Right, and with things like with a fire asset, explosions, or muzzle flashes...you can think about the practical lighting on-set being able to perfectly respond with that as well!


That's the sort of thing I'm talking about. We can have the fire burning and now, if you'd like the lights - it's analyzing that fire, and the replicating those lights so it is hitting the axis. I think asset libraries have got a massive part to play. Again, it all comes down to this demand for content.

Instead of starting from scratch, we start with assets available in marketplaces. We will give them a good kick into shape and we will change them around, but the point is, where do you start? I think that's interesting. I think that's very interesting for the asset. It's complex.

We work a lot with Quixel. With Quixel, we can't quite live without our asset libraries, and you're one of those. You're an asset library when you start being into 2D and 3D and other things. That's your choice. At the moment, when I look at your blood effects and things like that - well, why wouldn't I use them?
Director Asa Bailey On Set

Absolutely. I think it would be a fair statement to say, maybe based on what you're talking about, that stock asset libraries can help provide a baseline for virtual production when you're getting ready, getting things set up. It gives you a good starting point of knowing where we go from here.


Yes. It's the artists that need them. I will give my artists a brief, which could draw imagery from assets and everything else. I say to them, "Look, this is what we see, and what can you do?" That comes down into time, budget and those kinds of things. 

Obviously, the larger those things get, the closer you get to the original vision of what you're trying to do. That's where we start. It starts with our vision sent to the artist, and then the artist will then hit the libraries to try to find and create these [scenes] to match the direction.

What do you envision in the next 1-2 years in the realm of virtual production?


Just more shows, more films - more people will be using it. I think at the very top end of the content industry, the entertainment industry, it has been used in pre-vis and those kinds of ways. I think what you're going to see more of is final pixels ending up in shots. 

What investments does a studio need to make to enter the world of virtual production in terms of hardware, software, and specialists?


A quarter of a million dollars to even get started.

That's great, that’s practical.


Right, because you're going to need computers. You're going to need hardware from a data management side of things, too. If you want to put real humans into virtual spaces, then you're going to need to invest in chroma hardware.

It's a blend between equipment, but then the real difficulty is the human skills, because you can buy a heap of kit and if you've got no experience in the engines, or if you've not got experience within 3D modeling or in compositing or in these other areas, you're going to find yourself in a world of hurt, because it's really hard anyway.

It's becoming easier, though. Things are becoming more stable, but there's probably about a two-year learning curve for any studio that wants to just get into this space. I mean that with the greatest respect for everybody's brains and abilities and everything, but if you're a user, you can't just buy the box. That's the thing.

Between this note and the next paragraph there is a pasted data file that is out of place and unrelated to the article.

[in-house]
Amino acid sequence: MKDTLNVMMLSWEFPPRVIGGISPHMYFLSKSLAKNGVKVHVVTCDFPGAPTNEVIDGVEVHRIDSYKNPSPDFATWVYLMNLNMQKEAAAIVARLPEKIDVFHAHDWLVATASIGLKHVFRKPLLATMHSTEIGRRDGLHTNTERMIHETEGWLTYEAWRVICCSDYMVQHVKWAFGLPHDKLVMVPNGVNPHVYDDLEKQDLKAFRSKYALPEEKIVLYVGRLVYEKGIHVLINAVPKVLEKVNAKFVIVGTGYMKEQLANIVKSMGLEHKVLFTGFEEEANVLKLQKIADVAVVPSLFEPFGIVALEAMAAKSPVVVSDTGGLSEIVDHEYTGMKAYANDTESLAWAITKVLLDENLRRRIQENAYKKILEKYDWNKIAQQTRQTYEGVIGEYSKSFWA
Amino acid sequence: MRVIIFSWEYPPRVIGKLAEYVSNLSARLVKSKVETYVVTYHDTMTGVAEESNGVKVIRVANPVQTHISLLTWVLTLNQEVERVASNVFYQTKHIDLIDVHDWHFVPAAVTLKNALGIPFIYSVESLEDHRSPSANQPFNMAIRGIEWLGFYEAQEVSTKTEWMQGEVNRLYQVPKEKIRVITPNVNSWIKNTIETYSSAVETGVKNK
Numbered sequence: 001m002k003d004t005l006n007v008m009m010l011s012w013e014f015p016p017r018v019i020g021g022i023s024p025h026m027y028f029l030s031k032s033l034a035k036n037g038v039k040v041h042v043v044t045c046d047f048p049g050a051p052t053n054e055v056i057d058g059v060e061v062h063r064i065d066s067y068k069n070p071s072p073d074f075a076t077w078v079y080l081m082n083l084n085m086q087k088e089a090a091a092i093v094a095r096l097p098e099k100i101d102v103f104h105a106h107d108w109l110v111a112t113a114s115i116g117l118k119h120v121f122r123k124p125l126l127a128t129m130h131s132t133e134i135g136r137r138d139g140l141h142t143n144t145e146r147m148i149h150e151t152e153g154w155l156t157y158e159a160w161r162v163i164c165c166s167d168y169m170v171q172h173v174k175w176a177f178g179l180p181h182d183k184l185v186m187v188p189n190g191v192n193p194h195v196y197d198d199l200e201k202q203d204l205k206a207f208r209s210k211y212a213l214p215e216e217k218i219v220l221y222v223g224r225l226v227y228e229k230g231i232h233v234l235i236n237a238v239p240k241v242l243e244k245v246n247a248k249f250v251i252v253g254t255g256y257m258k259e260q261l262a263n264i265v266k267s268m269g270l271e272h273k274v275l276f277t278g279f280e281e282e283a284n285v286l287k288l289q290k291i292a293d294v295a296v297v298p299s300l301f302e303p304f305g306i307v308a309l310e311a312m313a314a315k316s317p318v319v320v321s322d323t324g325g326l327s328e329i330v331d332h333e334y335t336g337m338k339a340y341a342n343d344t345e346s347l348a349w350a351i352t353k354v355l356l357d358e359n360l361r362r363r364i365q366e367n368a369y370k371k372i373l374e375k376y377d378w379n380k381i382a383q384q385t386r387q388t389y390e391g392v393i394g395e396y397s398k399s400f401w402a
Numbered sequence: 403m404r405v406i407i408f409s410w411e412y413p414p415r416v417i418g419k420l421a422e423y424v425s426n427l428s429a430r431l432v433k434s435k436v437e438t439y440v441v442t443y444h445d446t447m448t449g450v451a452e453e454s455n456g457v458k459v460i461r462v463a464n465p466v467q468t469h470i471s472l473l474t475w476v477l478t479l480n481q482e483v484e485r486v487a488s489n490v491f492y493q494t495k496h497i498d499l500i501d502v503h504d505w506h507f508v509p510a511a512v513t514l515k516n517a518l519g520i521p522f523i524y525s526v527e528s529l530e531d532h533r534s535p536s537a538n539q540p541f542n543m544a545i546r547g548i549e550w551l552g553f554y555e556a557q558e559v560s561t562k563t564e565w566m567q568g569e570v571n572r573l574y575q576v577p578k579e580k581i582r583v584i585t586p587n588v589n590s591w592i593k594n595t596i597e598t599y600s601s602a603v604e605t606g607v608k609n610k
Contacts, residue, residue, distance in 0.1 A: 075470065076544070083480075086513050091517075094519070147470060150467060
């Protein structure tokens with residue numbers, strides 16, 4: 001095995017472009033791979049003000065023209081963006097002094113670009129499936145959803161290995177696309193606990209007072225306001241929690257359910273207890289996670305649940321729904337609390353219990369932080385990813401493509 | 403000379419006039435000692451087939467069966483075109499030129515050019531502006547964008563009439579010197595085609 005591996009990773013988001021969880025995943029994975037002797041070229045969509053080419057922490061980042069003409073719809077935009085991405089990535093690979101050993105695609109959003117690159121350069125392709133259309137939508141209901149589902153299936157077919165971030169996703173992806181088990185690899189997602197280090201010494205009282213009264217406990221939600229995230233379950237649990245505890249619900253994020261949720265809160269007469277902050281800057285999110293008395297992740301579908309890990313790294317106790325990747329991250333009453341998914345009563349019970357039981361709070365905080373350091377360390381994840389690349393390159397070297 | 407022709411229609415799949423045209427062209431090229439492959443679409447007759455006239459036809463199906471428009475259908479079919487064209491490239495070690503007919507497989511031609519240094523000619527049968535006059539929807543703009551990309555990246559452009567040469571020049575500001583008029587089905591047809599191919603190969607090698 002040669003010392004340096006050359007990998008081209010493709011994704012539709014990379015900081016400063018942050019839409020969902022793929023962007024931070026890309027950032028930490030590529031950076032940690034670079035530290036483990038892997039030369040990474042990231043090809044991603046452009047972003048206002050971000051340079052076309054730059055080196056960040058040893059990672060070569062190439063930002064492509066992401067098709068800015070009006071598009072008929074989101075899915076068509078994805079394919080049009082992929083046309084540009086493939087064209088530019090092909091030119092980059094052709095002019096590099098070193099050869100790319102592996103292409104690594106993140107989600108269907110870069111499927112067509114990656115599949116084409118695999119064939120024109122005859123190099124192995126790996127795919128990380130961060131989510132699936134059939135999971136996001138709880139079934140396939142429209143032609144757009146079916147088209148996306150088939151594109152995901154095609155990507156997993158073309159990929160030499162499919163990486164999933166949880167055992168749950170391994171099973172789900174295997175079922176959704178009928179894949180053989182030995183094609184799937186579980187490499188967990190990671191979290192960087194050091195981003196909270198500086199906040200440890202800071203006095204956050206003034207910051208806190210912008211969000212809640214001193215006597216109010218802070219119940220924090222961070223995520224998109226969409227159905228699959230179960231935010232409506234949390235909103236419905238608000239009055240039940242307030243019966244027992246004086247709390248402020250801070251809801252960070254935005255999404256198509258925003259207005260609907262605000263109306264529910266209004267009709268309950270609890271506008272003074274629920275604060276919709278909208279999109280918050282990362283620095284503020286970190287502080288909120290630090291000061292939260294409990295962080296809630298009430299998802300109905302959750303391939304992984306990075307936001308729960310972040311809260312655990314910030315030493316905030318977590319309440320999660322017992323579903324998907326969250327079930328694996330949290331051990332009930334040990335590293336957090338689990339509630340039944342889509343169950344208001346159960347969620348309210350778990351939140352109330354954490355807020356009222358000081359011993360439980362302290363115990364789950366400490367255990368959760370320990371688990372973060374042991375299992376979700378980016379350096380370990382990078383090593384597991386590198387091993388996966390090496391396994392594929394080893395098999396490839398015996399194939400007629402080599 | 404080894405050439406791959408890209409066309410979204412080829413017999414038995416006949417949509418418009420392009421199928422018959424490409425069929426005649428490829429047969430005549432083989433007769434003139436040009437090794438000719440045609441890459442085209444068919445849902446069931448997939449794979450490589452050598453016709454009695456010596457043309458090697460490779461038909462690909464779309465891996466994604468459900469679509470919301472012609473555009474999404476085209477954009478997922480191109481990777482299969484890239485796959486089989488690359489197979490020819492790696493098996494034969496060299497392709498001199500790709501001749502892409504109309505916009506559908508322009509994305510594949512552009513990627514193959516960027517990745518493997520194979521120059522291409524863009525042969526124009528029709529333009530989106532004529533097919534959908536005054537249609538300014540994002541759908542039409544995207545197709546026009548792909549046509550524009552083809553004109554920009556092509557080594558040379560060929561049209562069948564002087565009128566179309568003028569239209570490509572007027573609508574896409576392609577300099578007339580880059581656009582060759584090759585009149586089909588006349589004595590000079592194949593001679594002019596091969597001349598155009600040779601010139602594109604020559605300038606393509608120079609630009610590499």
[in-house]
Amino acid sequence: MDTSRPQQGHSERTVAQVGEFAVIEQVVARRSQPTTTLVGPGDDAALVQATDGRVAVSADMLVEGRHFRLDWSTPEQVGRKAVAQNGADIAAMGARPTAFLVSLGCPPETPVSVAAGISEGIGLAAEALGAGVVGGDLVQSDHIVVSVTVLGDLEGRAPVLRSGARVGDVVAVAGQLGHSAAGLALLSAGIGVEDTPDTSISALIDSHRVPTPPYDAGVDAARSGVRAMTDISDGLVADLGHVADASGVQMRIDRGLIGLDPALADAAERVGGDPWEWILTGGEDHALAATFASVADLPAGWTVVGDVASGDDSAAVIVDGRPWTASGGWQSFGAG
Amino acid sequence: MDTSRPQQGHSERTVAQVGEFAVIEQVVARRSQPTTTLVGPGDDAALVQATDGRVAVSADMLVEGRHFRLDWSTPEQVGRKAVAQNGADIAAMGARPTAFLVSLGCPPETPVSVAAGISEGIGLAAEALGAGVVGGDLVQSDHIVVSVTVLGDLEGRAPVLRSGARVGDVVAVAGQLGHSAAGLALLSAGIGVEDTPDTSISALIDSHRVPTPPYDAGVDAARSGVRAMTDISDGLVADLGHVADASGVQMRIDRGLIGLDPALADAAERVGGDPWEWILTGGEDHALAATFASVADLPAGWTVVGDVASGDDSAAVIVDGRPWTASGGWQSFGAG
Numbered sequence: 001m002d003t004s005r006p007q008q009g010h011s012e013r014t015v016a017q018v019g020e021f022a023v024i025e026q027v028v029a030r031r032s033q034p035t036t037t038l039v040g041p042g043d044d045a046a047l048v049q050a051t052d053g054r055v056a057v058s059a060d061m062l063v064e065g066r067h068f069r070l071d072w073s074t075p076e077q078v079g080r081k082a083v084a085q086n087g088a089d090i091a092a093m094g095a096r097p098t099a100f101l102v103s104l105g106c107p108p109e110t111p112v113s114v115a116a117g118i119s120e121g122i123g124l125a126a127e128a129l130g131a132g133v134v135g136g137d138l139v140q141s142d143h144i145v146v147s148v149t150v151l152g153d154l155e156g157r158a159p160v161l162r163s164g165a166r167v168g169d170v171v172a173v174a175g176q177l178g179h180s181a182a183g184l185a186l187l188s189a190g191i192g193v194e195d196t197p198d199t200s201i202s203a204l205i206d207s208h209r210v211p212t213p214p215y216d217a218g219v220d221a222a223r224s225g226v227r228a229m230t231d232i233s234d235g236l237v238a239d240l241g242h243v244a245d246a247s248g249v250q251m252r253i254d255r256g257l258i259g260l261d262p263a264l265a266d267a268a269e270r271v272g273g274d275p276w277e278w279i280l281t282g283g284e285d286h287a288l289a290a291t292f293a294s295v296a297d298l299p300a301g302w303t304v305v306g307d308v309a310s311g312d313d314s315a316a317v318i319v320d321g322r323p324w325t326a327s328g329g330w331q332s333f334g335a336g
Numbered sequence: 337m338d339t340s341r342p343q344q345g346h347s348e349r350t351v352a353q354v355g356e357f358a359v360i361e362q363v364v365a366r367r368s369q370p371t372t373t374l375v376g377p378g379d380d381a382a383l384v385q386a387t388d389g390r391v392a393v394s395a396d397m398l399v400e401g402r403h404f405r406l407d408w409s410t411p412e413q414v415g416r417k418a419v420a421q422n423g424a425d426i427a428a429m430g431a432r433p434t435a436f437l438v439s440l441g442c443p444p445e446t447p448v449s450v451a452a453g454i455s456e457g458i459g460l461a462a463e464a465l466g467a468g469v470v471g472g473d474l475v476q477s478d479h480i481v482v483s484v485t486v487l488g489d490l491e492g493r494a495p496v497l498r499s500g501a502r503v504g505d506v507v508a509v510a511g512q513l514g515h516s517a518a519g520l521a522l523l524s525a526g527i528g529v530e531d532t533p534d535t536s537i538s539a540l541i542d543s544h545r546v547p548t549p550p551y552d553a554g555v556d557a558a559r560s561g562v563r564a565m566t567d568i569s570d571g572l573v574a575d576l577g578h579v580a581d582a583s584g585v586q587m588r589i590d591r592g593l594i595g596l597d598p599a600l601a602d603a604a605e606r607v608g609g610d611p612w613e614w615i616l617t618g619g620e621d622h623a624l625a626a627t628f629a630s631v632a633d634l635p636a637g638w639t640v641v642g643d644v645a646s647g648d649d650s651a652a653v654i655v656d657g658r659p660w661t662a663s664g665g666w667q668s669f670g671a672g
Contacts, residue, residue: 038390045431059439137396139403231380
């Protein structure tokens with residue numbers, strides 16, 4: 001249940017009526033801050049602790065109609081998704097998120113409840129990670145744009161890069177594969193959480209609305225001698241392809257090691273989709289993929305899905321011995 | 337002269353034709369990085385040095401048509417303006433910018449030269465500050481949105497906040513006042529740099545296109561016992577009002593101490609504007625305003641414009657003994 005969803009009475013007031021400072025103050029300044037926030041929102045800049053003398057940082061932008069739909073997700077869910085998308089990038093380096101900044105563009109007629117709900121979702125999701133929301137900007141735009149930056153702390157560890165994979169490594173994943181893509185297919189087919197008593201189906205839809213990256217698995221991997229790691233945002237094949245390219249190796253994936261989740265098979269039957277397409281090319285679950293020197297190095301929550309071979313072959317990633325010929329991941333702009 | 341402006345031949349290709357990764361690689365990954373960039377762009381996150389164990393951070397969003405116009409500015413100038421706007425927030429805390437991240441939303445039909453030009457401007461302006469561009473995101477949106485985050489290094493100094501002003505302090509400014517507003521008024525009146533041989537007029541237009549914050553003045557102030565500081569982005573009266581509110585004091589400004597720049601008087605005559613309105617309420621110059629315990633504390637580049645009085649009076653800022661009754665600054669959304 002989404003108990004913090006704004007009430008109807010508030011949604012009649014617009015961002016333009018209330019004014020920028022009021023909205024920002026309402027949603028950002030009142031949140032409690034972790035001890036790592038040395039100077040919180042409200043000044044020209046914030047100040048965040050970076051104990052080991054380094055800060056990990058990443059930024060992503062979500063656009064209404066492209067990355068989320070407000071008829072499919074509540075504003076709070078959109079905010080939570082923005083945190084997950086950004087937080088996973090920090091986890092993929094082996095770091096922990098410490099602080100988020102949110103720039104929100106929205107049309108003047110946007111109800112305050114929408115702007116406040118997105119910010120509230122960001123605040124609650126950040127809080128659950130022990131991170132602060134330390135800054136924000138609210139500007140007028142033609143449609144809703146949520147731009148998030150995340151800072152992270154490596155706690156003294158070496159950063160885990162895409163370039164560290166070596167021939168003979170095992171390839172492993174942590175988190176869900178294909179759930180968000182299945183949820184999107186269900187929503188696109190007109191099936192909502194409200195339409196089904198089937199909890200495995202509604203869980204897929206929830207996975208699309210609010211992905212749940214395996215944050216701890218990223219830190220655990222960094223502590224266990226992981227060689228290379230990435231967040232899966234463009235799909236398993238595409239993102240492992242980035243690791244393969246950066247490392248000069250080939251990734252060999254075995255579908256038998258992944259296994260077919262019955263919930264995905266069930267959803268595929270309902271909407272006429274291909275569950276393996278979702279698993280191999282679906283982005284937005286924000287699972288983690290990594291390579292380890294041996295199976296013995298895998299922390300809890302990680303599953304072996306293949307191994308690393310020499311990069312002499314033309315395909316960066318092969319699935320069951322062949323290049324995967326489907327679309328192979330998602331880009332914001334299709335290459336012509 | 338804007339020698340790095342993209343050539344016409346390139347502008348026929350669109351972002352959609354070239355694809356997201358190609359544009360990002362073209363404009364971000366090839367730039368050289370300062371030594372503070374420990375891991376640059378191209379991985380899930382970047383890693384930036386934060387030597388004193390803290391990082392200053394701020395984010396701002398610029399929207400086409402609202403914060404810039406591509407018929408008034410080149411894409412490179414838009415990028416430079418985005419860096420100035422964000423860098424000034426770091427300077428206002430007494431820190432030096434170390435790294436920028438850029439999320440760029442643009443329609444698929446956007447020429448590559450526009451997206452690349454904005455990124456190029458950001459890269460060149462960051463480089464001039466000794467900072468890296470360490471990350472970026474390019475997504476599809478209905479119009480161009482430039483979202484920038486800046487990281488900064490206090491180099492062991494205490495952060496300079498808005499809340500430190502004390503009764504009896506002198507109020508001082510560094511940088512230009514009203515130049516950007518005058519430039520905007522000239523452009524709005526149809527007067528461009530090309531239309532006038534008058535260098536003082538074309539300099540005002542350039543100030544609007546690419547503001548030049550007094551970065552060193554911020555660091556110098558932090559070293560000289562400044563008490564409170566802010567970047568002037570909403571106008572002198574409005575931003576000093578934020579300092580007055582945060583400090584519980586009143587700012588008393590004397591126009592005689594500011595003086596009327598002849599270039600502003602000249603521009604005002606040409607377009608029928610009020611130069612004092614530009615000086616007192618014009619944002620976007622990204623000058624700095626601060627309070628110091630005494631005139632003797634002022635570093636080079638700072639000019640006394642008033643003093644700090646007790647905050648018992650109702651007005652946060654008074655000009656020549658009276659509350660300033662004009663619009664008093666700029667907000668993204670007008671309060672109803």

VPD Asa Bailey’s AC Sets Up 180 Track and Panther Dolly VP Rig

Yeah, that makes a lot of sense. That leads to my next question - what advice can you give to filmmakers and VFX artists who are interested in pursuing careers in virtual production in the future?


Learn the Unreal Engine. It's the first thing you need to do. It's a big place. It's a wide open thing. You need to learn the engine, but you also need to keep focus on your specialization, as well. For me, it's about the capture. It's about the points of capture. The camera, the light, working with the actors, so I have to try and keep myself focused. I'm a director. That's where I came from. I now direct virtual productions, but I'm still a director.

I think that the important part is to bring your traditional VFX discipline and see how you can start to bring that into the engine. Don't just come into the engine and try and start learning blueprints and all these things because you've heard about them. Try and explore what you do, how you can do it in the engine, like modeling, for instance.

I mean, we've been planning this all day. We've imported .FBX, and all of a sudden the whole thing goes black when we rebuild the lighting. It's like, 'What's going on? I'm not a modeler, so I need my modeler.' 

You still need all your disciplines, but the only thing is I want them now on the set. I want an orchestra of real-time VFX artists, real-time compositors, real-time modelers and real-time animators. All of these jobs learn starting in the engine.

We want the quality of offline revved up in the engine. People sometimes start from a game background and we get all these game graphics. Quite frankly, we don't want game graphics. We want to make that as an option if we want it, but we don't want to have to have it.

It's really important that we start to bring in the skills and quality of traditional VFX pipelines into the engine.
Asa shoots real actors in virtual worlds using high-end cinema lenses like the 40mm 1.8 Cooke FF+ Anamorphic.”

What can On-Set Facilities bring to studios interested in virtual production?


We provide a full turnkey solution to a studio that wants to get into this space. They give us a budget as to what they're looking to invest, and then we work to assemble the products that they want to make, as well. 

If they're predominantly wanting to broadcast, we have a pipeline for full broadcast. If they want to do movie production, we have a movie production pipeline. The components are very, very different in each and every one.

It really starts with the level of investment that a studio wants to make, what they see as their business opportunity going forward as to what they're going to be making, and then comes the solution. It's the only way to do it.

Absolutely. That makes total sense. Our last question - how can people learn more about you and your company?


You can find us at http://onsetfacilities.com, as well as LinkedIn and Facebook.

Thanks so much for your time, Asa - this has been so insightful. Our whole team at ActionVFX wishes you and your company the best, and we look forward to what the future holds for On-Set Facilities and the world of virtual production!
http://www.onsetfacilities.com

First time here? ActionVFX creates action stock footage for visual effects and filmmaking. (We also have some great free stuff!)